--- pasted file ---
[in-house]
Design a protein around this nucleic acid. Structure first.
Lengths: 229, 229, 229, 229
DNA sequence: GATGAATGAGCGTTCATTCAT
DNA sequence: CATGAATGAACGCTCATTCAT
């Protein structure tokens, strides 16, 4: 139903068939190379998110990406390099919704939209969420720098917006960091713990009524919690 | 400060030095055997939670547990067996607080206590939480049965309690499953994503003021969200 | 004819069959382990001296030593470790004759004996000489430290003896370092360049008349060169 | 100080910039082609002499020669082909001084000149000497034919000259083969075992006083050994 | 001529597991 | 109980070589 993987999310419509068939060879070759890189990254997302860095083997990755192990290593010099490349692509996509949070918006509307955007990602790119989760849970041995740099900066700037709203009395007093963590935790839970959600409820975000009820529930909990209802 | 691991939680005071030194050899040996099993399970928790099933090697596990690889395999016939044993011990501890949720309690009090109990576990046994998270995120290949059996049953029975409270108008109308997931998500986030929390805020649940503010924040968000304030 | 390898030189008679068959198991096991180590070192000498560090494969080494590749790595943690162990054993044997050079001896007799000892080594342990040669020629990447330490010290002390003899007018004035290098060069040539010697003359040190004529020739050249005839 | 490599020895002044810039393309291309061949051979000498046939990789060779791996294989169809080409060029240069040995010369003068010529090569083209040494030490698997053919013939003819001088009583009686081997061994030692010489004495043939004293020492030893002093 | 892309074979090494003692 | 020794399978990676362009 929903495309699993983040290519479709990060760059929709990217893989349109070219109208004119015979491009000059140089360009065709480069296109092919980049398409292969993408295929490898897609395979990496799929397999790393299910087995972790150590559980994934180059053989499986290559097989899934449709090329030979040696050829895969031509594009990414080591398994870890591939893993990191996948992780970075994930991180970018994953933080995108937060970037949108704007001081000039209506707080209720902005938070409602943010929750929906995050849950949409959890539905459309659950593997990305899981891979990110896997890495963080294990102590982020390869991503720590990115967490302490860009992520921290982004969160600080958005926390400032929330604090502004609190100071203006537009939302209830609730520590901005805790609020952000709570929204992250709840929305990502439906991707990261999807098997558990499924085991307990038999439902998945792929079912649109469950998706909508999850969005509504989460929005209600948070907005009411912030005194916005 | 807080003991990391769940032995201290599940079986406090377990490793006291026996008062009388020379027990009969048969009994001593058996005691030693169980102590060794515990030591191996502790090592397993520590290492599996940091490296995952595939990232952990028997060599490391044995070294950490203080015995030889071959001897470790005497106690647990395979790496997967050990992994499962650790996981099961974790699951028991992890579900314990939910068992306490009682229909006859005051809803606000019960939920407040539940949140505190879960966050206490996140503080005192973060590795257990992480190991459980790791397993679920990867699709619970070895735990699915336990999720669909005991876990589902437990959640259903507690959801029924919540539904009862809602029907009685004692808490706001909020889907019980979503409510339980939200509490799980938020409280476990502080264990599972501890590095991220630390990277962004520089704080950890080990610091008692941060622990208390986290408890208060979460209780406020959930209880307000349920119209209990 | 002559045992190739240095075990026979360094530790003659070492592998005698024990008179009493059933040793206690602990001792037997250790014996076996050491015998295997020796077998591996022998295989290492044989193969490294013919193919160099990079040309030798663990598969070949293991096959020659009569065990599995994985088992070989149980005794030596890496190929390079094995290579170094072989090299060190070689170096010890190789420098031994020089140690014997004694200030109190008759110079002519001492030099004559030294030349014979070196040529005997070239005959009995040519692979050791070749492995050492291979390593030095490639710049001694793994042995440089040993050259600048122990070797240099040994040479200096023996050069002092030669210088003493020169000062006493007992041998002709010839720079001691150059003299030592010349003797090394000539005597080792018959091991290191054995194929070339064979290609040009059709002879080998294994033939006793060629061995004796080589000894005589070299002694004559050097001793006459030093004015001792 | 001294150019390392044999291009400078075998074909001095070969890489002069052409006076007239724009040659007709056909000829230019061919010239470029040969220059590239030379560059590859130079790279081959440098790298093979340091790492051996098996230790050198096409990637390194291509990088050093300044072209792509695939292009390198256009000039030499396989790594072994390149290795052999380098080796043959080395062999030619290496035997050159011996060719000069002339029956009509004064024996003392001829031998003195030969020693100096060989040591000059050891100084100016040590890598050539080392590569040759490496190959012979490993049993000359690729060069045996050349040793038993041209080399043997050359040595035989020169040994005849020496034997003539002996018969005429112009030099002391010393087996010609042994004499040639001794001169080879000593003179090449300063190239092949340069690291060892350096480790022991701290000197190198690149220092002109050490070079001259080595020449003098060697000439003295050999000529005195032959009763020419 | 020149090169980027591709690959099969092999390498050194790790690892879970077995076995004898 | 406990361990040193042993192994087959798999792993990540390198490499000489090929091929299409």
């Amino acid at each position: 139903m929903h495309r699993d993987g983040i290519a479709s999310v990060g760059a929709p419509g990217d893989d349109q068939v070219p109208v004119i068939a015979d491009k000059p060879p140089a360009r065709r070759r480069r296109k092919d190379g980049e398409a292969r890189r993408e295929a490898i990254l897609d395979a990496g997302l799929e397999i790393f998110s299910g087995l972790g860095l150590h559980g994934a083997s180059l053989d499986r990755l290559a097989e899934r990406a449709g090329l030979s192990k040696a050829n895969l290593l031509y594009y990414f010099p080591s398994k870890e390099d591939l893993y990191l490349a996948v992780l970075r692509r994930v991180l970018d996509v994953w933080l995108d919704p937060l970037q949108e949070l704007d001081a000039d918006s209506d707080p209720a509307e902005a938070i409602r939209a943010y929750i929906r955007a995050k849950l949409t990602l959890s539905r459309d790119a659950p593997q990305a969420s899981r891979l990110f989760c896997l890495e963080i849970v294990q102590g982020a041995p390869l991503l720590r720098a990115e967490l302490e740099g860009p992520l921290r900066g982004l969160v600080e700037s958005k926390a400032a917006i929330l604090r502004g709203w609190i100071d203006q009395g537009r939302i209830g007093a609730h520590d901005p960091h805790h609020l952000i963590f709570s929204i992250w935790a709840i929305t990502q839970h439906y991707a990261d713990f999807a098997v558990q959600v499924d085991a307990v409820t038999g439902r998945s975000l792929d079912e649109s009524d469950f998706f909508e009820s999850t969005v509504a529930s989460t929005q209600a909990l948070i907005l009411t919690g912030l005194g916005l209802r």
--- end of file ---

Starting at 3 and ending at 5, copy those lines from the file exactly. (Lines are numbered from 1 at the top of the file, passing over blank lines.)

Lengths: 229, 229, 229, 229
DNA sequence: GATGAATGAGCGTTCATTCAT
DNA sequence: CATGAATGAACGCTCATTCAT